Allen Salo began working at the University of Maine at Presque Isle in 1997 as an untenured junior faculty member. But in time, Allen became the senior faculty member in psychology who oversaw the development of the department’s curriculum. This included adding concentrations within the psychology department as well as developing the research-based aspects of the program and a clinical side. Allen felt it was important for students to have both.
“He was critical for really growing the clinical side of the program,” President Ray Rice, Allen’s longtime friend and colleague, said. “And bringing people like Frank Thompson, who teaches a bunch of the clinical courses. He really developed that as well as developing the research side of psychology and really making it an independent program. Because when he got here, it was a part of behavioral sciences, it wasn’t its own degree. So, he really helped make it its own degree.”
Allen and Ray both started at UMPI the same year. “We came with what was the biggest group of faculty they had ever hired at once in years,” Ray said. “And this was 23 years ago. He and I started the exact same summer and had the exact same meetings and all that stuff, along with Michael Knopp. The three of us were the ones who stayed all this time. It was Allen, Mike and me. So, we got to know each other from that point in time because we did a lot of stuff together right off the bat.”
Ray remembers some of the earliest memories with Allen were at house of President Easton, UMPI’s former president. “He had a dinner, or I think it might have been an after dinner hors d’oeuvres thing for the new faculty members,” he said. “And I remember he (President Easton) was welcoming us to UMPI and we were getting to know each other. He and I both got involved with the union, so we went to a lot of meetings and statewide meetings. That’s how we really got to know each other.”
From there, Allen and Ray created a friendship that included some roof shingling on the weekends and dinners at Applebee’s when the colleagues traveled downstate for meetings. Further, senior faculty members invited the two to “choir practice.” Choir practice, as Ray explained, was code for dinner and drinks. The two found the cryptic code for socializing hilarious.
Outside of the psychology department, Allen was a part of several groups at UMPI. “He was willing to be on committees,” Jean Cashman, UMPI’s Associate Professor of Social Work, said. “And he was active in the faculty union, which is called AFUM. He was part of the faculty assembly leadership at different times in his career, and was on other committees, too. So, he was willing to step up and be part of the work that needed to be done on campus.”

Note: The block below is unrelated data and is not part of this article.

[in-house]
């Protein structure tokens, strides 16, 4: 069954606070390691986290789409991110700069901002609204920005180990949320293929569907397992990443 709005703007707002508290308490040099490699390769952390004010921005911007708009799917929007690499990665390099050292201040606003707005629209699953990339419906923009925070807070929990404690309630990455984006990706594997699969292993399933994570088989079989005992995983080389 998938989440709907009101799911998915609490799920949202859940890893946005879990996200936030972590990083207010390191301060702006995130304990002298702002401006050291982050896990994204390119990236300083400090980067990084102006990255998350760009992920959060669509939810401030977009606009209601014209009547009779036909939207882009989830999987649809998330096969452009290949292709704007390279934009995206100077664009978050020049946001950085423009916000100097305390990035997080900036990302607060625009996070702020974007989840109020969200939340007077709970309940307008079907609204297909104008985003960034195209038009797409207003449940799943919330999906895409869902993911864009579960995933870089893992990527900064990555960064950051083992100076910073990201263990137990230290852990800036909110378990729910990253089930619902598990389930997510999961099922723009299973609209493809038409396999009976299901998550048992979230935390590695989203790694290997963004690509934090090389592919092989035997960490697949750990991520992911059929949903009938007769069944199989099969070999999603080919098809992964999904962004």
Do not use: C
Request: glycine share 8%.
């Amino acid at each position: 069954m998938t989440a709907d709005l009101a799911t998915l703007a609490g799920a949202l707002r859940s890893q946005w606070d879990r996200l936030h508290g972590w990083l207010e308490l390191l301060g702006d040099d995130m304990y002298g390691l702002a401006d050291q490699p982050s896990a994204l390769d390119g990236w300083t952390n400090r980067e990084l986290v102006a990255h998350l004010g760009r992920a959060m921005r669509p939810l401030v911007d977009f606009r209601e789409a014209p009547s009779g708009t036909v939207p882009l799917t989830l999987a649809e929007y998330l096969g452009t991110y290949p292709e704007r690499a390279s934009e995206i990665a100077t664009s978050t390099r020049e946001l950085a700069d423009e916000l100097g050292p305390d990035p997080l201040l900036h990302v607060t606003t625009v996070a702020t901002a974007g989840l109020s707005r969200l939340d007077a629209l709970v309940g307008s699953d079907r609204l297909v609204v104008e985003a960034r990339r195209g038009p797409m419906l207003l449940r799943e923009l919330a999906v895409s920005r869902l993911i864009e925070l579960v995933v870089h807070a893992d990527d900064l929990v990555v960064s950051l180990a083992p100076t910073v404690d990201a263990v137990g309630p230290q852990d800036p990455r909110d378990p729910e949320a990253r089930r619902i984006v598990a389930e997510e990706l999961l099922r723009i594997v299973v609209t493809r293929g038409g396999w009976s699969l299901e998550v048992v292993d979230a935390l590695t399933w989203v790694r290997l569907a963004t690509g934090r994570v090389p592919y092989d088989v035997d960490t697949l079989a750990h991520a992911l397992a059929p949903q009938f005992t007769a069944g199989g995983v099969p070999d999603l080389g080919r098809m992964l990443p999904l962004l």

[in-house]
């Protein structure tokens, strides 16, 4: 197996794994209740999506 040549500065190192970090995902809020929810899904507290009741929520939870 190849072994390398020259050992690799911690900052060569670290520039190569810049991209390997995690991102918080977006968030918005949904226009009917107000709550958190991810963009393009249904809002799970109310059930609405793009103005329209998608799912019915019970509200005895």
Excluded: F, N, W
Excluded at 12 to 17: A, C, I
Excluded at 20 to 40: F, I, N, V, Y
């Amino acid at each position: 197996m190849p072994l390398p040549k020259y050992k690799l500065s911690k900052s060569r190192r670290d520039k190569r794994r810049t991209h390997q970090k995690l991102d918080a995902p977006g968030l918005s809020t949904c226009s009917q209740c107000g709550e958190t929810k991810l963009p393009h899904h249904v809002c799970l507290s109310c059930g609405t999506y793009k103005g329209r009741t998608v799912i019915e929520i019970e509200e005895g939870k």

Among some of the work Allen completed during his time at UMPI, Jean believes that obtaining a specific certification for the psychology program tops them all. “That’s the MHRT, because it’s not required for psychology,” she said. “And trying to get your program approved through the Muskie Institute.” The MHRT, which stands for Mental Health Rehabilitation Technician, is a certification required in the state of Maine (and many other states) for psychology students seeking work. “It’s beneficial for the students, but I mean you can still graduate with a psychology degree and not have the requirements for that,” Jean said. “I think accomplishing that for our campus, the students, was above and beyond.”
UMPI will continue to remember and miss Allen’s kindness and friendly smile. “Allen was always kind,” Jean said. “He didn’t have a negative word to say about anybody.”
Ray believes his favorite memory of Allen is looking back at his late friend’s wedding photos. “I wasn’t at his wedding because I was out of town,” he said. “But seeing the photos and how happy he was from his wedding: that’s quintessential Allen. And the big smile on his face. He always had one of the best smiles. And the moustache, he always had—he never shaved the moustache. It was pretty hilarious.”
Ray went on to say that he was most happy for Allen’s happiness in his marriage. That happiness permeated every aspect of Allen’s life, as he carried that joy with him throughout his remaining time at UMPI.